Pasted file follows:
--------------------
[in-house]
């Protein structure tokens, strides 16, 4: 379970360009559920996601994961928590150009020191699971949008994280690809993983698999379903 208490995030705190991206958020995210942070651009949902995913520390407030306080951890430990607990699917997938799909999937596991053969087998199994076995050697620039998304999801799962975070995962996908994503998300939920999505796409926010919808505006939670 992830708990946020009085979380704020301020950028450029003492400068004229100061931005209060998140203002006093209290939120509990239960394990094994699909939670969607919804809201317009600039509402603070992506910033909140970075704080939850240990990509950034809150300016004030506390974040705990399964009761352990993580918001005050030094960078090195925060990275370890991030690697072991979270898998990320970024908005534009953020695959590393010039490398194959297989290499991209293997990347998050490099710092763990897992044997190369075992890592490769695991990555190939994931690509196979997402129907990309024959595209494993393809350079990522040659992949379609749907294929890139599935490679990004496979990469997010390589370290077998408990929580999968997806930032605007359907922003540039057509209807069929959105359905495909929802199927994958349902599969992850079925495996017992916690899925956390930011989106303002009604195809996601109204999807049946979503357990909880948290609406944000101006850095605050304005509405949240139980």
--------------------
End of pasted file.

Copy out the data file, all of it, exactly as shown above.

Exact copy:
[in-house]
């Protein structure tokens, strides 16, 4: 379970360009559920996601994961928590150009020191699971949008994280690809993983698999379903 208490995030705190991206958020995210942070651009949902995913520390407030306080951890430990607990699917997938799909999937596991053969087998199994076995050697620039998304999801799962975070995962996908994503998300939920999505796409926010919808505006939670 992830708990946020009085979380704020301020950028450029003492400068004229100061931005209060998140203002006093209290939120509990239960394990094994699909939670969607919804809201317009600039509402603070992506910033909140970075704080939850240990990509950034809150300016004030506390974040705990399964009761352990993580918001005050030094960078090195925060990275370890991030690697072991979270898998990320970024908005534009953020695959590393010039490398194959297989290499991209293997990347998050490099710092763990897992044997190369075992890592490769695991990555190939994931690509196979997402129907990309024959595209494993393809350079990522040659992949379609749907294929890139599935490679990004496979990469997010390589370290077998408990929580999968997806930032605007359907922003540039057509209807069929959105359905495909929802199927994958349902599969992850079925495996017992916690899925956390930011989106303002009604195809996601109204999807049946979503357990909880948290609406944000101006850095605050304005509405949240139980």